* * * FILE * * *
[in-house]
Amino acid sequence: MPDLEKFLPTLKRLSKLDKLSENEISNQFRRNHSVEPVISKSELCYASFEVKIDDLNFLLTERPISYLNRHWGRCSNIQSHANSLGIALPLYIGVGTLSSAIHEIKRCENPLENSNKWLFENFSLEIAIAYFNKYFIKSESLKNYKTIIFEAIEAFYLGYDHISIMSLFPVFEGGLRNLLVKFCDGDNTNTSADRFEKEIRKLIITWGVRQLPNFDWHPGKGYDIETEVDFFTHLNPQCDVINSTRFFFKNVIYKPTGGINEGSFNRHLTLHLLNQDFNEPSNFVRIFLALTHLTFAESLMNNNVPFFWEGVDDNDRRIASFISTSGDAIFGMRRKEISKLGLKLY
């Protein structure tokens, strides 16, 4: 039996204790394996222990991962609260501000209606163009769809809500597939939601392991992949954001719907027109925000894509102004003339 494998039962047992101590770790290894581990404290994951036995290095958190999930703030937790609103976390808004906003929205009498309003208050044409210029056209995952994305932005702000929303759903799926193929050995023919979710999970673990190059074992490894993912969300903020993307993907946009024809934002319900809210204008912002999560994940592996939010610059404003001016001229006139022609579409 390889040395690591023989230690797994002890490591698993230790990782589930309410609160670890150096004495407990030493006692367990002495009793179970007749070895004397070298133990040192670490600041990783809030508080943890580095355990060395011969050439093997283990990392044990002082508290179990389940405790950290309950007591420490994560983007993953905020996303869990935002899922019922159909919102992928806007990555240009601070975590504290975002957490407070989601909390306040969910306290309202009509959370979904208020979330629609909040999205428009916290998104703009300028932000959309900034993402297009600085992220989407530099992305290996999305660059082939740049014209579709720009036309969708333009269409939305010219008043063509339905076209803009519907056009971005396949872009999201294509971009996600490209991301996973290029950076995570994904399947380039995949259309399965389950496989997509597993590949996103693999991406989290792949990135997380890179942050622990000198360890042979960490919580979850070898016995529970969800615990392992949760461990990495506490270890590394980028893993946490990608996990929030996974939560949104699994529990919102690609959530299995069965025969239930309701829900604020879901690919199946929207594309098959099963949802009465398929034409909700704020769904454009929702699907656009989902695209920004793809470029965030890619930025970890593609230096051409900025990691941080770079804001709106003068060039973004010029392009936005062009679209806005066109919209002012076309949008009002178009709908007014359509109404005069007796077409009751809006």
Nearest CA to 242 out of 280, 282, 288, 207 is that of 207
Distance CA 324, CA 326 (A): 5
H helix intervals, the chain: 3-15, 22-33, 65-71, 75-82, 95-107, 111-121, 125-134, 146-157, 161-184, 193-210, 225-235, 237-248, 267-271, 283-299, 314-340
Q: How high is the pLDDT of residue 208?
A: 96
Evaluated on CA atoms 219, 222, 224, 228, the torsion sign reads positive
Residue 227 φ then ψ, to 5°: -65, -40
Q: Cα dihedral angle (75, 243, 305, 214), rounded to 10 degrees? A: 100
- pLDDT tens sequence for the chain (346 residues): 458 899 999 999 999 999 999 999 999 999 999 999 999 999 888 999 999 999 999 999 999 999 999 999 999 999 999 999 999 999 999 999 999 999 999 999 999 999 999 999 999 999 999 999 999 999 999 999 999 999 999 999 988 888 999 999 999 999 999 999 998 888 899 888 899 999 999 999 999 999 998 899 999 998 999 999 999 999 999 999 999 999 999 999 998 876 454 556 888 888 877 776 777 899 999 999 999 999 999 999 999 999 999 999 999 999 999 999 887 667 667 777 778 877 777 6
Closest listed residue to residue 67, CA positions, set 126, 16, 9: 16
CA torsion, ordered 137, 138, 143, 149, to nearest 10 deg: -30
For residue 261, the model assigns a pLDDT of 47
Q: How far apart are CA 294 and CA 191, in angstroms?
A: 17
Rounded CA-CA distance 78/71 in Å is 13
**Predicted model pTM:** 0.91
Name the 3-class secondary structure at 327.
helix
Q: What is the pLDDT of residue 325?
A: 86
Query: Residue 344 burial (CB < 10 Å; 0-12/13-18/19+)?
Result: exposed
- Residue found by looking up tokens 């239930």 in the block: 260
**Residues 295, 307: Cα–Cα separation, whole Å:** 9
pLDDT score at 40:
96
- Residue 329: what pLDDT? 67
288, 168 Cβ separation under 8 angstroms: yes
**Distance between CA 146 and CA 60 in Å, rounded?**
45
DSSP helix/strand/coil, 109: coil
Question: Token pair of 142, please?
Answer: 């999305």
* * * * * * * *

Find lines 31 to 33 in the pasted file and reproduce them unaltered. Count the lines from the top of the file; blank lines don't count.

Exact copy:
288, 168 Cβ separation under 8 angstroms: yes
**Distance between CA 146 and CA 60 in Å, rounded?**
45